Examining the relative costs and benefits of shipping-container alternatives requires a deep dive into all the cost factors involved along the supply chain. Case studies, like this one, detail the impact of major cost sensitivity factors on the total distribution system. They are significant, when considered on an annual basis. Shipping container economics now present a clear picture that corrugated containers offer the lowest-cost supply-chain solution.

The Strawberry Case Study is available for download on the Corrugated Packaging Alliance website (www.corrugated.org).

The Corrugated Packaging Alliance (CPA) is a corrugated industry initiative, jointly sponsored by the American Forest & Paper Association (AF&PA), the Association of Independent Corrugated Converters (AICC), the Fibre Box Association (FBA) and the Technical Association of the Pulp and Paper Industry (TAPPI). Its mission is to foster growth and profitability of corrugated in applications where it can be demonstrated, based on credible and persuasive evidence, that corrugated should be the packaging material of choice; and to provide a coordinated industry focus that effectively acts on industry matters that cannot be accomplished by individual members. CPA members include corrugated manufacturers and converters throughout North America.

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Finelite wins RPA 2nd Annual Excellence in Reusable Packaging Award






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posted by Kari Embree, Senior Digital Content Editor — Packaging Digest, 9/26/2013 11:53:43 AM





Reusable Packaging Association’s second annual Excellence in Reusable Packaging AwardFinelite is the winner of the Reusable Packaging Association’s second annual Excellence in Reusable Packaging Award. The winner was announced and the award was presented at PACK EXPO in Las Vegas.

 

Finelite designs and manufactures high performance, environmentally sustainable lighting solutions and products for commercial, educational, and healthcare facilities. The company makes pervasive use of many types of reusables for storing and handling parts, and for shipping materials between its factory in Union City, CA and its strategic partners in Livermore, CA and China. The reusable solutions include tarps, straight-wall stackable plastic crates, plastic collapsible containers, and trays. In addition, racking systems are used throughout its warehouse. All of the company’s reusable products have been carefully designed to reduce waste and support lean manufacturing.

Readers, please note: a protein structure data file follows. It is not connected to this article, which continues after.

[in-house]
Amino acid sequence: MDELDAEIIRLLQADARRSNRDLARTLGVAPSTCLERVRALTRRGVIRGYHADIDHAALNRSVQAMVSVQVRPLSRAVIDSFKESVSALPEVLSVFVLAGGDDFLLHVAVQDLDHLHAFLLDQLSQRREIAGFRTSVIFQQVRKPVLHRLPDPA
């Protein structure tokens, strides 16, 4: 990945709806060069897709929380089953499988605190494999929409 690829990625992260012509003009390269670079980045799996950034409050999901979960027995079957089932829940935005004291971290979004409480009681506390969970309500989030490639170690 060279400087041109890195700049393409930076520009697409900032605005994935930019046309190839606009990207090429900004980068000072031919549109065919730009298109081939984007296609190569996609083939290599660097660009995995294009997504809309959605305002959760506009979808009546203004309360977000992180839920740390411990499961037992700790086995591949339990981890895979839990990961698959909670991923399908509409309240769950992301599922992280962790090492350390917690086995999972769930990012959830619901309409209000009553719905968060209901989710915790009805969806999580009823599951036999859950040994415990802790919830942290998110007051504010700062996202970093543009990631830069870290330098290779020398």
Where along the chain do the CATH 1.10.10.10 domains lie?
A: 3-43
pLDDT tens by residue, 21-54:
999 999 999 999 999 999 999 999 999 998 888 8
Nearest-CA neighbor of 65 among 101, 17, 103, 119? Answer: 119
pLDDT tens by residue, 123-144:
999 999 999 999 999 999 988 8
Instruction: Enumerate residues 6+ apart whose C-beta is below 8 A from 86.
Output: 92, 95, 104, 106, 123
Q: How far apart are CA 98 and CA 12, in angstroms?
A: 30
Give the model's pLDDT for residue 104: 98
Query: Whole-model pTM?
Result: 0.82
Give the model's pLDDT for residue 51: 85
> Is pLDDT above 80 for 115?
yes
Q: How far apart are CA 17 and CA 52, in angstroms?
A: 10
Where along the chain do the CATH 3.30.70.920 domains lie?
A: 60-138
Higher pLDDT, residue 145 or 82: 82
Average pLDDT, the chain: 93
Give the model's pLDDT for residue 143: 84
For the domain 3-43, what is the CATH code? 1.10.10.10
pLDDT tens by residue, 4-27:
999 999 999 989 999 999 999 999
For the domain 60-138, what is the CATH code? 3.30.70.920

Finelite produces more than 25 product lines and the longest light fixture is 144 in. x 12 in. x 4 in. and weighs 18 pounds. 

 

By using reusables, Finelite has achieved the following results:

 

Annual cost savings:

• 53% ($9,100) cost savings by replacing shrink-wrap with reusable tarps
• 40% ($8,400) material cost savings and 130 hours of labor by replacing corrugated boxes with reusable/collapsible bulk containers and straight-wall crates.
• $10,800 cost savings in LED packaging material (bubble wrap and anti-static wrap) and 350 hours of labor saved by eliminating un-wrapping the packaging material.

 

Annual environmental savings:

• Eliminated 436 miles/6,000 pounds of plastic shrink-wrap
• Eliminated 14,700 pounds of corrugated cartons
• Eliminated 4,200 pounds of bubble wrap

 

Ongoing benefits:

• Both the containers and crates are stackable, allowing vertical storage of material and freeing up valuable real estate.
• The volume of each straight wall crate is used to its entirety and enables 20% more material to be packaged when compared to the previous corrugated box packaging.
• Crates are easily fed into the assembly lines for operators to consume. Operators can work with the material from their own crate supply.
• Capacity for materials in the collapsible containers is 10% more than corrugated boxes.
• Empty containers are collapsed, allowing for efficient storage.

 

“We use reusables because they deliver cost savings in materials and labor. In our experience, we break even on our initial investment of reusable systems within 2 years, and then the savings continue to accrue long after that,” said Ana Koo, industrial engineer, Finelite, Inc. “In contrast, disposable packaging materials have a short life span and represent an ongoing expense. We are honored to be recognized for our efforts, and we applaud the RPA for creating this award program to bring more attention to the value of reusables.”

 

Finelite’s first reusable initiative replaced pallets and shrink wrap with stackable racks throughout Finelite’s factory and at two strategic-partner facilities in Livermore, CA. The light fixture components are manufactured in Livermore, and packaged into the racks. The racks are then transported to the paint supplier (also in Livermore). After painting, the components are re-packaged into the same racks, and shipped to Finelite for final assembly. The racks are transferred into Finelite’s inventory system. As inventory is used up, racks become available and they are backhauled, empty, to Livermore, ready for the next cycle.